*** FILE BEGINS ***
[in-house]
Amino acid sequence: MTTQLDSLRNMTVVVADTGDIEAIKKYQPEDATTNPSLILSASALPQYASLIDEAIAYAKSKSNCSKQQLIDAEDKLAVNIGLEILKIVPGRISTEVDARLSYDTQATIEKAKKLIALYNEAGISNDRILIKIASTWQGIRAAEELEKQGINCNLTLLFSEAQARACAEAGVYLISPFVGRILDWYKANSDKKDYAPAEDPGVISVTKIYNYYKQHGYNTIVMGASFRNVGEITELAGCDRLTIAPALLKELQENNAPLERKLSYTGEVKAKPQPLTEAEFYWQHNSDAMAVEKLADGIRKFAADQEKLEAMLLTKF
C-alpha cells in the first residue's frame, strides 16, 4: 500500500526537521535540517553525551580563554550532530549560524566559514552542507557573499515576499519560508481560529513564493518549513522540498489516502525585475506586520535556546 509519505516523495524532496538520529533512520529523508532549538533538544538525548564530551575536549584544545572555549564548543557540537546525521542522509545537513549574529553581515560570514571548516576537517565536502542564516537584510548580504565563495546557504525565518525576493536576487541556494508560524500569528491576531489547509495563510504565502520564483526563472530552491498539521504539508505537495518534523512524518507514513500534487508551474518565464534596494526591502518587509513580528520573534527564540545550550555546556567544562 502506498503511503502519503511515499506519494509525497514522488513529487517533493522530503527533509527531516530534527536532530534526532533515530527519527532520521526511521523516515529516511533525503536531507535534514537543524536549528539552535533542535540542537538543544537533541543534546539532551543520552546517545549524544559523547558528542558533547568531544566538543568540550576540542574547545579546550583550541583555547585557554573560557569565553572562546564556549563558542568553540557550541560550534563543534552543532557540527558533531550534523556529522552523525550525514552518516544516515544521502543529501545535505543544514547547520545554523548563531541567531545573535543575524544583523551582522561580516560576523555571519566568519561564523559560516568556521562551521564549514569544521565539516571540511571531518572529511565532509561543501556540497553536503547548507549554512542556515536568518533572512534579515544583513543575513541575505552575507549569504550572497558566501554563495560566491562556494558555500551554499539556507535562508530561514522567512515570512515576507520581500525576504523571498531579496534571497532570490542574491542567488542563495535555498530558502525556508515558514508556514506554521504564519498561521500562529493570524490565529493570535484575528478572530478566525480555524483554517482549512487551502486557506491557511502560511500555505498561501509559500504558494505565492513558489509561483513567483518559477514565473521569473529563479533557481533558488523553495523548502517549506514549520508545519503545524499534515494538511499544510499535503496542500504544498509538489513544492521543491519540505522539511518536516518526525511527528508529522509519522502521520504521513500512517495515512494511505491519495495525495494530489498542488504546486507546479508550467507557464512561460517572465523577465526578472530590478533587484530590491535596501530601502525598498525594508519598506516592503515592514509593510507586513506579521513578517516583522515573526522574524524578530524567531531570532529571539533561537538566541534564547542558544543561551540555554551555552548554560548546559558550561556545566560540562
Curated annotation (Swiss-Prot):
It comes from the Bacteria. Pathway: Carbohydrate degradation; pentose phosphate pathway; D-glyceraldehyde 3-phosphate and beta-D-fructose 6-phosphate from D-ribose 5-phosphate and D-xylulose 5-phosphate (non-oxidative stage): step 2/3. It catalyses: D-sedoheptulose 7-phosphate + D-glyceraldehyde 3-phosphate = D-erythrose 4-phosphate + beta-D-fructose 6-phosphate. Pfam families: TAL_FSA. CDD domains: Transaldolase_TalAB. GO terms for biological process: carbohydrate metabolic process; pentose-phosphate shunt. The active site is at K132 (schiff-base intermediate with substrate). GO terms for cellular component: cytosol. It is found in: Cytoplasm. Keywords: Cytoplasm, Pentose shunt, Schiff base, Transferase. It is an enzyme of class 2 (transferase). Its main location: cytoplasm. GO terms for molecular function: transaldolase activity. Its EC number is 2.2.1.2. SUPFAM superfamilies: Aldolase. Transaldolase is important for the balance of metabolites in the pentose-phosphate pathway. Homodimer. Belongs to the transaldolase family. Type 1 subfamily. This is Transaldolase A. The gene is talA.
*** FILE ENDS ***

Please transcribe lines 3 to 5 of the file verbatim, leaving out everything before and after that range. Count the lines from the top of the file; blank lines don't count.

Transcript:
C-alpha cells in the first residue's frame, strides 16, 4: 500500500526537521535540517553525551580563554550532530549560524566559514552542507557573499515576499519560508481560529513564493518549513522540498489516502525585475506586520535556546 509519505516523495524532496538520529533512520529523508532549538533538544538525548564530551575536549584544545572555549564548543557540537546525521542522509545537513549574529553581515560570514571548516576537517565536502542564516537584510548580504565563495546557504525565518525576493536576487541556494508560524500569528491576531489547509495563510504565502520564483526563472530552491498539521504539508505537495518534523512524518507514513500534487508551474518565464534596494526591502518587509513580528520573534527564540545550550555546556567544562 502506498503511503502519503511515499506519494509525497514522488513529487517533493522530503527533509527531516530534527536532530534526532533515530527519527532520521526511521523516515529516511533525503536531507535534514537543524536549528539552535533542535540542537538543544537533541543534546539532551543520552546517545549524544559523547558528542558533547568531544566538543568540550576540542574547545579546550583550541583555547585557554573560557569565553572562546564556549563558542568553540557550541560550534563543534552543532557540527558533531550534523556529522552523525550525514552518516544516515544521502543529501545535505543544514547547520545554523548563531541567531545573535543575524544583523551582522561580516560576523555571519566568519561564523559560516568556521562551521564549514569544521565539516571540511571531518572529511565532509561543501556540497553536503547548507549554512542556515536568518533572512534579515544583513543575513541575505552575507549569504550572497558566501554563495560566491562556494558555500551554499539556507535562508530561514522567512515570512515576507520581500525576504523571498531579496534571497532570490542574491542567488542563495535555498530558502525556508515558514508556514506554521504564519498561521500562529493570524490565529493570535484575528478572530478566525480555524483554517482549512487551502486557506491557511502560511500555505498561501509559500504558494505565492513558489509561483513567483518559477514565473521569473529563479533557481533558488523553495523548502517549506514549520508545519503545524499534515494538511499544510499535503496542500504544498509538489513544492521543491519540505522539511518536516518526525511527528508529522509519522502521520504521513500512517495515512494511505491519495495525495494530489498542488504546486507546479508550467507557464512561460517572465523577465526578472530590478533587484530590491535596501530601502525598498525594508519598506516592503515592514509593510507586513506579521513578517516583522515573526522574524524578530524567531531570532529571539533561537538566541534564547542558544543561551540555554551555552548554560548546559558550561556545566560540562
Curated annotation (Swiss-Prot):
It comes from the Bacteria. Pathway: Carbohydrate degradation; pentose phosphate pathway; D-glyceraldehyde 3-phosphate and beta-D-fructose 6-phosphate from D-ribose 5-phosphate and D-xylulose 5-phosphate (non-oxidative stage): step 2/3. It catalyses: D-sedoheptulose 7-phosphate + D-glyceraldehyde 3-phosphate = D-erythrose 4-phosphate + beta-D-fructose 6-phosphate. Pfam families: TAL_FSA. CDD domains: Transaldolase_TalAB. GO terms for biological process: carbohydrate metabolic process; pentose-phosphate shunt. The active site is at K132 (schiff-base intermediate with substrate). GO terms for cellular component: cytosol. It is found in: Cytoplasm. Keywords: Cytoplasm, Pentose shunt, Schiff base, Transferase. It is an enzyme of class 2 (transferase). Its main location: cytoplasm. GO terms for molecular function: transaldolase activity. Its EC number is 2.2.1.2. SUPFAM superfamilies: Aldolase. Transaldolase is important for the balance of metabolites in the pentose-phosphate pathway. Homodimer. Belongs to the transaldolase family. Type 1 subfamily. This is Transaldolase A. The gene is talA.